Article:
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Issue 42 - King of the road

Scotland Magazine Issue 42
December 2008

 

This article is 8 years old and some information provided may be time sensitive. Please check all details of events, tours, opening times and other information before travelling or making arrangements.

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King of the road

Enjoy Scotland as you've never seen it before. Richard Goslan shows the way.

The Scots are quick to remind visitors about our remarkable record when it comes to inventions which have shaped the modern world. You name it, a Scotsman can take the credit. The telephone?

Alexander Graham Bell. Television? John Logie Baird. When it comes to transport, James Watt came up with the steam engine, John Loudon Macadam invented what we now take for granted as the surface of our roads, and John Boyd Dunlop developed the pneumatic tyre. Even the bicycle originated in Scotland.

But the Harley Davidson motorbike?

Surely that’s as American as apple pie, turned out from the company’s base in Milwaukee since 1901, when 21-year-old Bill Harley came up with the blueprint drawing of an engine designed to fit on a bicycle.

But you can’t keep the Scots out of even this story. The three Davidson brothers who took their pal Harley’s plans and built the first model were the sons of William C. Davidson, a Scottish carpenter who emigrated to the United States in the 1850s.

Since then, the company has gained cult status for its iconic and uncompromising motorbikes. And now, more than 100 years since it was founded, Scotland Magazine is bringing the Harley home, for a whistlestop tour of some of the best roads and most amazing scenery in the world.

Our starting point is West Coast Harley, a dealership in Glasgow which is the first outlet to offer Harleys for rental in Scotland.

The bike is a beast of a machine – a brandnew, gleaming crimson and chrome FLHR/I Road King.

The Harley is a monster to ride, weighing in at a third of a tonne and throbbing with a 1450cc twin cam engine – that’s more than your average Ford Fiesta. But it’s built for touring, so the riding position is easy on the arms, and more importantly the backside, and the level of vibration is surprisingly low.

After a tentative start, I’m soon heading west out of Glasgow towards Loch Lomond.

On the open road, the bike settles down.

Progress is steady along the twisty road hugging the loch, but beyond Crianlarich the fun begins. I pause for breath in Tyndrum, and then head for Glencoe. Despite some traffic, the Road King is able to glide past cars with the minimum of effort. Just a drop of the gear, a twist of the throttle and I leave the motorists in my wake, opening up the road and the view across Rannoch Moor towards Buachaille Etive Mor.

I turn up over the Ballachulish bridge towards the Corran ferry, which runs south of Fort William across Loch Linnhe. On the other side, I’m on a deserted road, riding along the loch before heading for lunch at Strontian.

I push the Road King north along the windy road which passes Acharacle and then comes out to give glorious first glimpses of Eigg and Rum. I’m back into dream biking country here – a gently winding open road along Loch Ailort, which takes me up towards Mallaig. In the queue for the ferry, a middle-aged American drools over the bike. He rides a BMW back home and is driving a Volvo rental around Scotland, with the golf clubs in the boot. It’s clear what he’d rather be doing.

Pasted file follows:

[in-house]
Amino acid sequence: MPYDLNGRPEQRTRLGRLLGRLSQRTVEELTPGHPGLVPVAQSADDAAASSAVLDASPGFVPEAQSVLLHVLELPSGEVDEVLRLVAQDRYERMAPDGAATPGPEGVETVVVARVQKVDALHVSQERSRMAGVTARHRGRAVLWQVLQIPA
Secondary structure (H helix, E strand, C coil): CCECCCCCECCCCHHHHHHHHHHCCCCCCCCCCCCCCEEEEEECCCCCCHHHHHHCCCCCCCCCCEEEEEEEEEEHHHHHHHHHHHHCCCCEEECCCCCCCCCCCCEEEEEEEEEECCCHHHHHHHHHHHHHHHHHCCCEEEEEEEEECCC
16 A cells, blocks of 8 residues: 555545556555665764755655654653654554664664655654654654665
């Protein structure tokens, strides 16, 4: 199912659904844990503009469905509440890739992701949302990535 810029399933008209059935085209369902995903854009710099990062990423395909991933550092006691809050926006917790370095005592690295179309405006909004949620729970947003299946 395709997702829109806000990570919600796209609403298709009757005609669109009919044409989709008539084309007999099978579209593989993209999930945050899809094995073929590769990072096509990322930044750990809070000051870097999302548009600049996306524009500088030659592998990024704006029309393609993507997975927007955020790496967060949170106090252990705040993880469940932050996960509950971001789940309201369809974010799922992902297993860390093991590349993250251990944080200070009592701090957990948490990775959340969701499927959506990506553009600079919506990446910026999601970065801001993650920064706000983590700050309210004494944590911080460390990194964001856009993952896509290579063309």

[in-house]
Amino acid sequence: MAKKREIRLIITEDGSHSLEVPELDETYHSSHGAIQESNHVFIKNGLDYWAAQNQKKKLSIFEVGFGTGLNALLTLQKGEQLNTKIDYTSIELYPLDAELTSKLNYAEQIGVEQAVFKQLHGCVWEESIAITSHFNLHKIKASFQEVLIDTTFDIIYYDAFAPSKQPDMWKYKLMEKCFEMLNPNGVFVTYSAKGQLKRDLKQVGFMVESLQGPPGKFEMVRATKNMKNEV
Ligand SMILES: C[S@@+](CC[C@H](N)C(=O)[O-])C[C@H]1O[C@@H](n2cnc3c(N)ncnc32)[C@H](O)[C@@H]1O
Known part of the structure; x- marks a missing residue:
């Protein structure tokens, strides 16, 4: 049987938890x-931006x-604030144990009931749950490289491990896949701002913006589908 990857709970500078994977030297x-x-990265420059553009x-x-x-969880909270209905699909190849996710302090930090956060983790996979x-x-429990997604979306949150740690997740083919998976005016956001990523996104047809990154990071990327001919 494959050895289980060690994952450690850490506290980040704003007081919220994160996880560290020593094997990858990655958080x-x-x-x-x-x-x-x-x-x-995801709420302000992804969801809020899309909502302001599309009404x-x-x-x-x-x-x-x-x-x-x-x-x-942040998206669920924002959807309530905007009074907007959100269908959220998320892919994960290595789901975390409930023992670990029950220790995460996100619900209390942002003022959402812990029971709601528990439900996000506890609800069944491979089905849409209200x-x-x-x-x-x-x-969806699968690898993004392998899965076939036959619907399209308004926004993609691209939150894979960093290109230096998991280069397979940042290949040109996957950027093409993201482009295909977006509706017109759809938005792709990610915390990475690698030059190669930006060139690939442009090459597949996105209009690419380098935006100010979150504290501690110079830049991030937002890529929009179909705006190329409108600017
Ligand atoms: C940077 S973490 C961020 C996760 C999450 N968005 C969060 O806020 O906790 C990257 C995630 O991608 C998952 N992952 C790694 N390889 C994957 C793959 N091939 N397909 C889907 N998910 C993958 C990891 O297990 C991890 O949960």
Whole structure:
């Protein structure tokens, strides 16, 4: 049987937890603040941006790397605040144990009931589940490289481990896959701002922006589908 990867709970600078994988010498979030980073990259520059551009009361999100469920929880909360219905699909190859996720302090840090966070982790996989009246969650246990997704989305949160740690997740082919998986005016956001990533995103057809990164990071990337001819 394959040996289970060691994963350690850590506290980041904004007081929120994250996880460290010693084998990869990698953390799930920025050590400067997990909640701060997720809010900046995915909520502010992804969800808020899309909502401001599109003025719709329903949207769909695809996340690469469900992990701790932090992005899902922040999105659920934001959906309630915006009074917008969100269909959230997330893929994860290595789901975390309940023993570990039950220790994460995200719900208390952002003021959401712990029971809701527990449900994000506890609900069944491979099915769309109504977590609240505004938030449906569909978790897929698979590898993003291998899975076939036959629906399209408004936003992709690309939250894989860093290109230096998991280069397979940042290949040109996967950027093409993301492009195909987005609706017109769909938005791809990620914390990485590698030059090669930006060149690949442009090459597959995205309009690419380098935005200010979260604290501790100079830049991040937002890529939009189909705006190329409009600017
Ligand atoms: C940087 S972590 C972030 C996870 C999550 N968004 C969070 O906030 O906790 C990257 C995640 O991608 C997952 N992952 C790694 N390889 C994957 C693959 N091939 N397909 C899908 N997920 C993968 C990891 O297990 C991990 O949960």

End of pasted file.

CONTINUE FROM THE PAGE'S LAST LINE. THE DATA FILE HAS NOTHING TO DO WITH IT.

Mallaig to Armadale on Skye is the second ferry of the day, and I soon pitch up for the night at a friend’s place. We head out for a bowl of locally-caught prawns and a couple of pints, then round things off with an impromptu ceilidh, where some students from the Sabhal Mor Ostaig are in fine form on fiddles and guitar.

The next morning my friend steers me away from the road bridge, saying I should head to Kylerhea for the ferry crossing to Glenelg. The Road King eats up the twisty mountainous path and then the descent to Kylerhea. This is the ancient crossing point to Skye, the closest point between island and mainland. It runs from Easter to October, but timings seem to be fairly random – I wait for 25 minutes for more passengers to turn up, but when none do it’s just my bike, the two admiring crew and me.

After riding up Mam Ratagan, I appreciate why the road was recommended. At the summit, a stunning view of the five sisters of Kintail opens out across Glen Shiel. I consider taking a photo but I’m having too much fun riding the bike to contemplate getting off it.

I power along Loch Duich, past Eilean Donan castle and then turn towards Stromeferry. Now familiar with the bike’s power and confident with its handling, I push it through the twists and turns along Loch Carron, before opening up on the long straight sections approaching Achnasheen.

The harder I ride, the deeper and more satisfied the growl. There’s no high-pitched sports bike whining with this machine – just a contented purr as it’s put through its paces.

I realise time is running out and the bike is due back in Glasgow that afternoon. I boot it down the A9 with only one stop for petrol, and turn in to West Coast Harley with two minutes to spare before the shop closes. The rental manager asks me how I got on. He must be used to the reaction. There’s no need for words, just a shrug of the shoulders and a gesture towards the Road King. I know he understood. Maybe you do too.